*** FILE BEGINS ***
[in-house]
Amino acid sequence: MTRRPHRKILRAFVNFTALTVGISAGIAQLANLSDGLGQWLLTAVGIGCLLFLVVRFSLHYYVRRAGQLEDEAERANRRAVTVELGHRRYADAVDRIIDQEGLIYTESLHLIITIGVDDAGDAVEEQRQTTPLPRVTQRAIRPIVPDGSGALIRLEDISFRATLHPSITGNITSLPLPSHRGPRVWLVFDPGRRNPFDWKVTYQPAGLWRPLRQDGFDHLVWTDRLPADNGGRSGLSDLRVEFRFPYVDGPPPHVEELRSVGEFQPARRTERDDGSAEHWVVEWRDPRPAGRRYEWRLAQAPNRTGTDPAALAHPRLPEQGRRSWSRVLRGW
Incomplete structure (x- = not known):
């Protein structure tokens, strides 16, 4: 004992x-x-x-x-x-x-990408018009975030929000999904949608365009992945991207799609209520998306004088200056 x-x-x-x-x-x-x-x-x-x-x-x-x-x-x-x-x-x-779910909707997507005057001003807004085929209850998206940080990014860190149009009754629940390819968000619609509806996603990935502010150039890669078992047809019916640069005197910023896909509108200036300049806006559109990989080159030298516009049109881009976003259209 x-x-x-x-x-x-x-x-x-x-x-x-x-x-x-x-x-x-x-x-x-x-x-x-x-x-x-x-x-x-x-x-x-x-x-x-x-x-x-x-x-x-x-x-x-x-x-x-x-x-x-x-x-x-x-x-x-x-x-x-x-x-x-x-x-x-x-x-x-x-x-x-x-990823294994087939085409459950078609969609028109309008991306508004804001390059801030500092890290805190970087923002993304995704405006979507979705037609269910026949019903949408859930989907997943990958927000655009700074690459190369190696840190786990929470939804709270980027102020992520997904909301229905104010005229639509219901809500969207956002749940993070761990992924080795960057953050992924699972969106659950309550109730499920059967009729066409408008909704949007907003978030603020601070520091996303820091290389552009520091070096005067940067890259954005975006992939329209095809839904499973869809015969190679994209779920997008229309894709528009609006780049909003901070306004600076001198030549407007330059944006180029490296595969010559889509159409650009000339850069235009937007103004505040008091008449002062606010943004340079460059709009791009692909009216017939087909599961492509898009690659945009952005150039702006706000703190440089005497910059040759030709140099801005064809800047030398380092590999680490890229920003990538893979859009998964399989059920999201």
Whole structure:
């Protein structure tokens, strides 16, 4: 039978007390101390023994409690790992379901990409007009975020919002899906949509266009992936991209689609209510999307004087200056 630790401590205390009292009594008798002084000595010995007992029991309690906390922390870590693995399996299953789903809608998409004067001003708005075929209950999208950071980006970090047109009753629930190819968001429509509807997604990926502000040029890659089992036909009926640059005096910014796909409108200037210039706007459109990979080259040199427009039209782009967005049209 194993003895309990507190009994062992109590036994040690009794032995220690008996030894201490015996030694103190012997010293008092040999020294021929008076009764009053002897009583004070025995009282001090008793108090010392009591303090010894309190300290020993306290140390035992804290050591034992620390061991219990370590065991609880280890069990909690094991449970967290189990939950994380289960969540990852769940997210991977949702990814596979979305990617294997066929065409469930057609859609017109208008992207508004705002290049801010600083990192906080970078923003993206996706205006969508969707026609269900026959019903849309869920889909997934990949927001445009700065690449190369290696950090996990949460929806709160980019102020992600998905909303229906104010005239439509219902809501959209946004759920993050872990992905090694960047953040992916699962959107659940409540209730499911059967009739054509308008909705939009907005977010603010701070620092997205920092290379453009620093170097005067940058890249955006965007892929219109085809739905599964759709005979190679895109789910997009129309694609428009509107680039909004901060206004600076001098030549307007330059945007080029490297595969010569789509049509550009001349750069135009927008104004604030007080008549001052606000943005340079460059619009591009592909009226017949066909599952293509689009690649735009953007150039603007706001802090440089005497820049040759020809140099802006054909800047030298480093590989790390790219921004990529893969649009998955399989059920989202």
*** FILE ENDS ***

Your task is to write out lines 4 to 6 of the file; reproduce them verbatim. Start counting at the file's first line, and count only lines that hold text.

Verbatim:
């Protein structure tokens, strides 16, 4: 004992x-x-x-x-x-x-990408018009975030929000999904949608365009992945991207799609209520998306004088200056 x-x-x-x-x-x-x-x-x-x-x-x-x-x-x-x-x-x-779910909707997507005057001003807004085929209850998206940080990014860190149009009754629940390819968000619609509806996603990935502010150039890669078992047809019916640069005197910023896909509108200036300049806006559109990989080159030298516009049109881009976003259209 x-x-x-x-x-x-x-x-x-x-x-x-x-x-x-x-x-x-x-x-x-x-x-x-x-x-x-x-x-x-x-x-x-x-x-x-x-x-x-x-x-x-x-x-x-x-x-x-x-x-x-x-x-x-x-x-x-x-x-x-x-x-x-x-x-x-x-x-x-x-x-x-x-990823294994087939085409459950078609969609028109309008991306508004804001390059801030500092890290805190970087923002993304995704405006979507979705037609269910026949019903949408859930989907997943990958927000655009700074690459190369190696840190786990929470939804709270980027102020992520997904909301229905104010005229639509219901809500969207956002749940993070761990992924080795960057953050992924699972969106659950309550109730499920059967009729066409408008909704949007907003978030603020601070520091996303820091290389552009520091070096005067940067890259954005975006992939329209095809839904499973869809015969190679994209779920997008229309894709528009609006780049909003901070306004600076001198030549407007330059944006180029490296595969010559889509159409650009000339850069235009937007103004505040008091008449002062606010943004340079460059709009791009692909009216017939087909599961492509898009690659945009952005150039702006706000703190440089005497910059040759030709140099801005064809800047030398380092590999680490890229920003990538893979859009998964399989059920999201």
Whole structure:
């Protein structure tokens, strides 16, 4: 039978007390101390023994409690790992379901990409007009975020919002899906949509266009992936991209689609209510999307004087200056 630790401590205390009292009594008798002084000595010995007992029991309690906390922390870590693995399996299953789903809608998409004067001003708005075929209950999208950071980006970090047109009753629930190819968001429509509807997604990926502000040029890659089992036909009926640059005096910014796909409108200037210039706007459109990979080259040199427009039209782009967005049209 194993003895309990507190009994062992109590036994040690009794032995220690008996030894201490015996030694103190012997010293008092040999020294021929008076009764009053002897009583004070025995009282001090008793108090010392009591303090010894309190300290020993306290140390035992804290050591034992620390061991219990370590065991609880280890069990909690094991449970967290189990939950994380289960969540990852769940997210991977949702990814596979979305990617294997066929065409469930057609859609017109208008992207508004705002290049801010600083990192906080970078923003993206996706205006969508969707026609269900026959019903849309869920889909997934990949927001445009700065690449190369290696950090996990949460929806709160980019102020992600998905909303229906104010005239439509219902809501959209946004759920993050872990992905090694960047953040992916699962959107659940409540209730499911059967009739054509308008909705939009907005977010603010701070620092997205920092290379453009620093170097005067940058890249955006965007892929219109085809739905599964759709005979190679895109789910997009129309694609428009509107680039909004901060206004600076001098030549307007330059945007080029490297595969010569789509049509550009001349750069135009927008104004604030007080008549001052606000943005340079460059619009591009592909009226017949066909599952293509689009690649735009953007150039603007706001802090440089005497820049040759020809140099802006054909800047030298480093590989790390790219921004990529893969649009998955399989059920989202």